Specialists from other fields (including policymakers, social workers, accountants, etc.) should act in a collaborative effort to be able to assess the conditions, do calculations, write financial reports, provide recommendations concerning the priorities of the community, perform health assessment, and organize care delivery. Each member of the team should have at least the basic knowledge of the work done by others to be able to discuss and improve the process (Pfaff, Baxter, Jack, & Ploeg, 2014).

The course, which I undertook taught me not only to organize the team work, but also to conduct negotiations, manage both physical and labor resources, and to assess the financial situation so as to be able to provide not only high-quality but also cost-effective care.

NP Core Competencies #2

The course Leadership and Role of the APN is directly related to the achievement of leadership competencies required for successful evidence-based practice. First and foremost, it helped me acquire visionary leadership skills that allow combining the best evidence with my own practical experience in order to ensure patient safety, constant improvement of the quality of care, and innovation. This implies that I have managed to master complex leadership roles including the ability to guide change.

As it has already been mentioned in the previous section, the collaboration with multiple stakeholders (including member of the team, patients, policy-makers, etc.) is ensured by the part of the course program related to interprofessional interaction. It makes a special emphasis not on exercising strict control over the process (which is an outdated understanding of leadership) but on innovative leadership, presupposing collective brainstorming, shared responsibilities, and collaborative decision making (Scully, 2015).

Cost effectiveness is ensured by the acquired ability to distribute the given resources in a fiscally sensible manner while maintaining the level of quality.

Innovation is one of the major issues learned through the course. In order to meet the standards of leadership, it is essential to be able not only to develop innovative solutions but also to prepare the team for the change, overcoming resistance, providing incentives, creating motivation, and ensuring commitment to the common goal.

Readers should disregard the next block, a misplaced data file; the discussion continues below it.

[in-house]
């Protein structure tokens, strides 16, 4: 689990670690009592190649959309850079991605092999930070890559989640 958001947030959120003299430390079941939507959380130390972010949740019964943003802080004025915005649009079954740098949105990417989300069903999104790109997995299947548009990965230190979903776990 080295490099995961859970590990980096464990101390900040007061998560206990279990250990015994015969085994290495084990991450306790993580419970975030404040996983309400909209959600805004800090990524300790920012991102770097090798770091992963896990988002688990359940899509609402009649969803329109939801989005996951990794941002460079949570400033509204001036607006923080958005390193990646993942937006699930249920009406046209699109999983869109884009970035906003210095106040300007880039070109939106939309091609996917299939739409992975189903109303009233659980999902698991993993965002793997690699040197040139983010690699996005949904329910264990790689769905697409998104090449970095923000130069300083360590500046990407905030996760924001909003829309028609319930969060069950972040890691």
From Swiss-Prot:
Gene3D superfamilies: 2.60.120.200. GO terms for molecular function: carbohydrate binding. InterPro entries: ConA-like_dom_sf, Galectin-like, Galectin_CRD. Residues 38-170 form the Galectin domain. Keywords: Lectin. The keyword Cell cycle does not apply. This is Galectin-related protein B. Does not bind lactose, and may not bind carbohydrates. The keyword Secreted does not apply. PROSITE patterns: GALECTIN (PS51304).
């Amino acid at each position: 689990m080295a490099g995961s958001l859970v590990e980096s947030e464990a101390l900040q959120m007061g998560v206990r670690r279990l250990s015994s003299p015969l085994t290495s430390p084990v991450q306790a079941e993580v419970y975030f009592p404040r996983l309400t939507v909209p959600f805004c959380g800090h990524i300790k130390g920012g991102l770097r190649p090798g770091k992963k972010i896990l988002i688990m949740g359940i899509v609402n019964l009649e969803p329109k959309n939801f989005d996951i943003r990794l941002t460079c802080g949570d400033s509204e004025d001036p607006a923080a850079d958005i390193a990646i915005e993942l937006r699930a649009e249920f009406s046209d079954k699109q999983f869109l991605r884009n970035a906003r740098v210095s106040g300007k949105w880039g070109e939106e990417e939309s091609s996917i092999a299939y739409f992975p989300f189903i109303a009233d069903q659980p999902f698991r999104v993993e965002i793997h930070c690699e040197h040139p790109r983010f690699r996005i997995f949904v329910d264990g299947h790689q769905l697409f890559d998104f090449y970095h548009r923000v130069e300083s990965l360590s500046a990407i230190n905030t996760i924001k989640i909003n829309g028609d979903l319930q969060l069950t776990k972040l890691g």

The course has also taught me how to express myself both verbally and in writing since eloquence and persuasiveness are indispensible to the image of a good leader. Doing research I have developed skills allowing me not merely to disseminate results but also providing convincing arguments to support my findings.

Finally, since I had my nursing practice during the course, I was able to develop the last key competence, which concerns participation in professional activities and organizations.

References

Anonson, J., Walker, M. E., Arries, E., Maposa, S., Telford, P., & Berry, L. (2014). Qualities of exemplary nurse leaders: Perspectives of frontline nurses. Journal of Nursing Management, 22(1), 127-136.

Arnold, E. C., & Boggs, K. U. (2015). Interpersonal relationships-e-book: Professional communication skills for nurses. Amsterdam, Netherlands: Elsevier Health Sciences.

Bookey‐Bassett, S., Markle‐Reid, M., Mckey, C. A., & Akhtar‐Danesh, N. (2017). Understanding interprofessional collaboration in the context of chronic disease management for older adults living in communities: A concept analysis. Journal of Advanced Nursing, 73(1), 71-84.

Grossman, S., & Valiga, T. M. (2016). The new leadership challenge: Creating the future of nursing. Philadelphia, PA: FA Davis.

Grove, S. K., Burns, N., & Gray, J. (2014). Understanding nursing research: Building an evidence-based practice. Amsterdam, Netherlands: Elsevier Health Sciences.

Pfaff, K., Baxter, P., Jack, S., & Ploeg, J. (2014). An integrative review of the factors influencing new graduate nurse engagement in interprofessional collaboration. Journal of Advanced Nursing, 70(1), 4-20.

Scully, N. J. (2015). Leadership in nursing: The importance of recognising inherent values and attributes to secure a positive future for the profession. Collegian, 22(4), 439-444.

Weiss, S. A., & Tappen, R. M. (2014). Essentials of nursing leadership and management. Philadelphia, PA: FA Davis.

Peru As A Country With High Mortality Rates

Introduction: Peru

Although Peru has higher than average life expectancy and death rates (about 6.1 deaths on 1,000 people), infant and child mortality are high. Thus, the infant mortality rate is 18.4 (“The world factbook,” 2017). Moreover, Peru has the highest mortality rate in children with upper respiratory infections, and this fact conditioned my choice of the country for the research within this paper.

Location/Geography

Located in Western South America between Ecuador and Chile, Peru is the country with an area of 1,285,2016 square kilometers (“The world factbook,” 2017). It borders Bolivia, Brazil, Chile, Columbia, and Ecuador. Due to the border with the South Pacific Ocean, its climate changes from desert to tropical depending on the region.

Population